There are strong indications that as President Muhammadu Buhari appears ready to assent to a new national minimum wage, following its recent passage by the National Assembly, he may be compelled to prune down the bogus salaries earned by some classes of civil servants in the country, particularly those in the employ of the Central Bank of Nigeria (CBN), Nigerian National Petroleum Corporation (NNPC), the Federal Inland Revenue Service (FIRS), among other agencies.
This much became glaring when the president received the report of the Presidential Technical Advisory Committee on Implementation of National Minimum Wage, which was headed by Bismarck Rewane, at the Presidential Villa, on Monday.
Although the National Assembly was yet to transmit the new wage bill it passed to the president for assent, Buhari had on January 9, 2019 inaugurated the committee, with a clear mandate that it should advise the government on how best to fund, in a sustained manner, the additional costs of implementing the imminent increase in the National Minimum Wage.
Part of the terms of reference he gave the committee was that after the new minimum wage had been passed into law, government would go into negotiations for salary review for all the workers who were already earning above the new minimum wage.
The president had underscored in his remarks that it was important to properly prepare the minds of those public servants involved so that they would not be taken unawares when it was to time for implementation.
In tandem with the grievances of organised labour movement, the president had noted that the last time Nigeria’s national minimum wage was reviewed was in 2011, hence it was evident that a review was necessary, despite the prevailing fiscal challenges.
Although full details of the recommendations were still being kept under wraps by the government, Buhari had while receiving the report from Rewane, commended the committee members for their patriotism, hard work, commitment, and sacrifices.
“I understand that you have worked tirelessly to ensure that you deliver the report before we receive the Minimum Wage Bill from the National Assembly,” the president told the members which included Chairman of the Federal Inland Revenue Service, Dr. Babatunde Fowler, ex-FIRS boss, Mrs. Ifueko Omoigui-Okauru, Dr. Ayo Teriba, Chief Executive Officer, and Prof. Akpan Ekpo, among others.
The membership from the public sector included the Director General of Budget Office, Ben Akabueze, who is the secretary of the committee; representative of the Nigeria Governors’ Forum (NGF); Chairman of the National Salaries, Incomes and Wages Commission, Richard Egbule; Permanent Secretary, Service Welfare Office of the Head of Service of the Federation, Mrs. Didi Walson-Jack; Permanent Secretary, General Service Office, Office of the Secretary to the Government of the Federation, Olusegun Adekunle; Permanent Secretary, Ministry of Finance, Dr. Mahmoud Isa-Dutse; Permanent Secretary, Ministry of Budget and National Planning, Olajide Odewale; Permanent Secretary, Ministry of Labour, Mrs. Ibukun Odusote, and Solicitor General of the Federation and Permanent Secretary, Ministry of Justice, Dayo Apata.
Others were Special Adviser to the President on Economic Matters, Office of the Vice President, Dr. Adeyemi Dipeolu; Deputy Governor of the Central Bank of Nigeria, Economic Policy, Dr. Joseph Nnanna; Accountant General of the Federation, Ahmed Idris; Director General, Debt Management Office, Ms. Patience Oniaga; Director General, National Institute of Social and Economic Research, Dr. Folarin Gbadebo-Smith; Statistician General, National Bureau of Statistics, Dr. Yemi Kale; Mrs. Aisha Hamad, Mamman Garba, and Tunde Lawal.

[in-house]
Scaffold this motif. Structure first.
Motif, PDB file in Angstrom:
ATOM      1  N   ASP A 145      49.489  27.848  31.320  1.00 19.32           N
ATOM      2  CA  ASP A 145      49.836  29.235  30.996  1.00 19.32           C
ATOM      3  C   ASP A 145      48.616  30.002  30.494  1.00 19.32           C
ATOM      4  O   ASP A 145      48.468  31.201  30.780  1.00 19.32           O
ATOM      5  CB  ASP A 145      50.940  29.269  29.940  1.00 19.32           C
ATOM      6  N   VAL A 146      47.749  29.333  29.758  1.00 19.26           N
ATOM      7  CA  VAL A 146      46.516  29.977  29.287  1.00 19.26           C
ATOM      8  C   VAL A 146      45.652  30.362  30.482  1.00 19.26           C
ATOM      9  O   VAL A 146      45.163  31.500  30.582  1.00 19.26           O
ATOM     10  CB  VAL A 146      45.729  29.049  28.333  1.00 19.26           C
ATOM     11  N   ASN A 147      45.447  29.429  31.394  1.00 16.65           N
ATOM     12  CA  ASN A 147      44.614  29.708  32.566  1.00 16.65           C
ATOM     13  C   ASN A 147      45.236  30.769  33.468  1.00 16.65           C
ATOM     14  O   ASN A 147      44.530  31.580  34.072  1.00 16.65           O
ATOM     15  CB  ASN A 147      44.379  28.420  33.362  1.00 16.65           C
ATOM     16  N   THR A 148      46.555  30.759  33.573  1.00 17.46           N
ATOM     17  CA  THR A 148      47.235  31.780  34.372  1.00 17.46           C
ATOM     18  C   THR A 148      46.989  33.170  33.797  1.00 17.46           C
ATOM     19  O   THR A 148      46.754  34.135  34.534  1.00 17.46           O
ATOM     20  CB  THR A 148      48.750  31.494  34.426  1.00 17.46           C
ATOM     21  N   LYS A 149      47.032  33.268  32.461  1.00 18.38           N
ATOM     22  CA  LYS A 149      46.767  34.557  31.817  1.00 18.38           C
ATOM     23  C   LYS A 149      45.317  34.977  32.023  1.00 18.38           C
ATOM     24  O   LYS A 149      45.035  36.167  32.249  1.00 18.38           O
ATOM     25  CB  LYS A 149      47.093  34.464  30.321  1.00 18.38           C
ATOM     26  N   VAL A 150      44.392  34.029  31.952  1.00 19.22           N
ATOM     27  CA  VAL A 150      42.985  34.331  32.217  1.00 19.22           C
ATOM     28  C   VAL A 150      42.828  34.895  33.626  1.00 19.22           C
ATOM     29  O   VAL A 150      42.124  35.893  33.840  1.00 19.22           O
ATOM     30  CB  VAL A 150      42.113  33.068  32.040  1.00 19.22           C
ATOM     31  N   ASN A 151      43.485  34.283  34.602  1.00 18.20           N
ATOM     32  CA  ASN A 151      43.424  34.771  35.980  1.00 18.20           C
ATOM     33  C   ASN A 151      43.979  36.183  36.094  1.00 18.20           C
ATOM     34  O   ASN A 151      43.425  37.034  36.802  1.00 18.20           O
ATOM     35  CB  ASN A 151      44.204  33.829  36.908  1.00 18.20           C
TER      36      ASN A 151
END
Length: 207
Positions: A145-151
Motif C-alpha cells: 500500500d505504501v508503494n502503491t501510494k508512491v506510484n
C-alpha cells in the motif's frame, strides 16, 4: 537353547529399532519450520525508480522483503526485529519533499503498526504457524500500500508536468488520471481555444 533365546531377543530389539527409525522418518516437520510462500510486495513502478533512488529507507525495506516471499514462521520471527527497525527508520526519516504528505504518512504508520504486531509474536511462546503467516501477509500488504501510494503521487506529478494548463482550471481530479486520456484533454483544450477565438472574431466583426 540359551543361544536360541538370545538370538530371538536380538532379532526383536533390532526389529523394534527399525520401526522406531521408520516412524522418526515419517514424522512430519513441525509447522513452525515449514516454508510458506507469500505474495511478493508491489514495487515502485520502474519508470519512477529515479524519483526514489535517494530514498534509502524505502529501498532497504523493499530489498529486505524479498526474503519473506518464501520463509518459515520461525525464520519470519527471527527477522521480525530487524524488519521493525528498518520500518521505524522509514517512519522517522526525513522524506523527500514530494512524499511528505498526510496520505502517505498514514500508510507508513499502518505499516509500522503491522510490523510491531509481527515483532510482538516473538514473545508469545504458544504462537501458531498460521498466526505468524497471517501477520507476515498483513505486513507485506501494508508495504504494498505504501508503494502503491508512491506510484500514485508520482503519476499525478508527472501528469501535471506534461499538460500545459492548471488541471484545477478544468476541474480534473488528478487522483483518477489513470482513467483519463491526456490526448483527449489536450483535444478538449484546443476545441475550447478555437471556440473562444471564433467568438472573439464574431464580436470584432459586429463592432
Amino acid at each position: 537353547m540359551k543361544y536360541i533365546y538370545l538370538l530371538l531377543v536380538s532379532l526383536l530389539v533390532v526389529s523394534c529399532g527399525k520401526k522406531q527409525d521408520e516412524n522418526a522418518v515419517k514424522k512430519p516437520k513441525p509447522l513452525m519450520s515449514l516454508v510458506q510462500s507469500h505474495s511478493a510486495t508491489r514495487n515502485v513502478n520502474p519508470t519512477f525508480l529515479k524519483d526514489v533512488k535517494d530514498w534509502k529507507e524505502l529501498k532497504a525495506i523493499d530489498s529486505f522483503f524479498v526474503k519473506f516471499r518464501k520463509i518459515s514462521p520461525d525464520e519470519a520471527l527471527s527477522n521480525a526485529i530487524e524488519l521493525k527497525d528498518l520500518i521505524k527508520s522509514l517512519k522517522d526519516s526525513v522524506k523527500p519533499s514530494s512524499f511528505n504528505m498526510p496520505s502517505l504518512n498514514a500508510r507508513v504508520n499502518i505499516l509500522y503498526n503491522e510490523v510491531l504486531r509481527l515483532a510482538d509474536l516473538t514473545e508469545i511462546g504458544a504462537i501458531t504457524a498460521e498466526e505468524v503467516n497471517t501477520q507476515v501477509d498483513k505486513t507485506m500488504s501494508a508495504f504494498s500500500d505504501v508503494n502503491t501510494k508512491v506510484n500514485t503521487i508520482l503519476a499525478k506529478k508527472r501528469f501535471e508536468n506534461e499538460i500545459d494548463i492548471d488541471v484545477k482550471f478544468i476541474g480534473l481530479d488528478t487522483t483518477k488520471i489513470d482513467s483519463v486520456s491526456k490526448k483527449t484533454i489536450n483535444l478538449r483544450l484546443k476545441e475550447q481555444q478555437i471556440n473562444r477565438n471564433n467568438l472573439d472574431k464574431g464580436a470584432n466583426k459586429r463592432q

There were indications that the Federal Government was also mulling an increase in Value Added Tax (VAT) from five percent to about fifteen percent, so as to enable it meet the envisaged wage increase.
“However, we anticipate that after the new minimum wage has been passed into law, we will be going into negotiations for salary review for all the workers who are already earning above the new minimum wage. It is therefore important that we are properly prepared to meet these demands.
“We must therefore look at ways of implementing these consequential wage adjustments in a manner that does not have adverse effects on our national development plans, as laid out in the Economic Recovery and Growth Plan (ERGP).
“The ERGP sets appropriate targets for levels of capital expenditure, public debt, inflation, employment. It is absolutely important that the implementation of a new minimum wage does not adversely affect these targets, and thereby erode the envisaged gains for the workers.
“It is against this background that I have set up a technical committee to advise government on how best to fund, in a sustained manner, the additional costs that will arise from the implementation of the consequential increases in salaries and allowances for workers currently earning above the new minimum wage,” Buhari had stated.
Prior to the 2019 general elections, government had settled for N30,000 as minimum wage for federal workers, while state workers were to go home with N27,000 after consulting the National Council of State members comprising former presidents, military heads of state, including former chief justices of the Supreme Court.
But with the latest passage, the National Assembly may have pegged the wage bill across all categories of workers at N30, 000.